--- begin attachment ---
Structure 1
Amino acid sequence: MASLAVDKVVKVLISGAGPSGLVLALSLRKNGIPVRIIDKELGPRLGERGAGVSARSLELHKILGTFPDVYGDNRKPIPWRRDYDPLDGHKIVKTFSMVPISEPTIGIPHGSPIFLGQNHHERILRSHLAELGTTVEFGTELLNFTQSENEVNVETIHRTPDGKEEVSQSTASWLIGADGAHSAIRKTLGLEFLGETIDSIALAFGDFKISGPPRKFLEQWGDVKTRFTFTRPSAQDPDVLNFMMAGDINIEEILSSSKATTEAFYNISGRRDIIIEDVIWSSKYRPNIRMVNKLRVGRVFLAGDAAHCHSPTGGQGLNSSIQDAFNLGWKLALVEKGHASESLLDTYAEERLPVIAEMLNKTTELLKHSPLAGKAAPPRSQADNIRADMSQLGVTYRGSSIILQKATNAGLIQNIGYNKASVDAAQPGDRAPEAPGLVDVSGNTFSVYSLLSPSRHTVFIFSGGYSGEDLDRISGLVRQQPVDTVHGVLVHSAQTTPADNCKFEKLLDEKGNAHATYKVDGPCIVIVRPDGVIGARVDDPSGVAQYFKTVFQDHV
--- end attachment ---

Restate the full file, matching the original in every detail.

Structure 1
Amino acid sequence: MASLAVDKVVKVLISGAGPSGLVLALSLRKNGIPVRIIDKELGPRLGERGAGVSARSLELHKILGTFPDVYGDNRKPIPWRRDYDPLDGHKIVKTFSMVPISEPTIGIPHGSPIFLGQNHHERILRSHLAELGTTVEFGTELLNFTQSENEVNVETIHRTPDGKEEVSQSTASWLIGADGAHSAIRKTLGLEFLGETIDSIALAFGDFKISGPPRKFLEQWGDVKTRFTFTRPSAQDPDVLNFMMAGDINIEEILSSSKATTEAFYNISGRRDIIIEDVIWSSKYRPNIRMVNKLRVGRVFLAGDAAHCHSPTGGQGLNSSIQDAFNLGWKLALVEKGHASESLLDTYAEERLPVIAEMLNKTTELLKHSPLAGKAAPPRSQADNIRADMSQLGVTYRGSSIILQKATNAGLIQNIGYNKASVDAAQPGDRAPEAPGLVDVSGNTFSVYSLLSPSRHTVFIFSGGYSGEDLDRISGLVRQQPVDTVHGVLVHSAQTTPADNCKFEKLLDEKGNAHATYKVDGPCIVIVRPDGVIGARVDDPSGVAQYFKTVFQDHV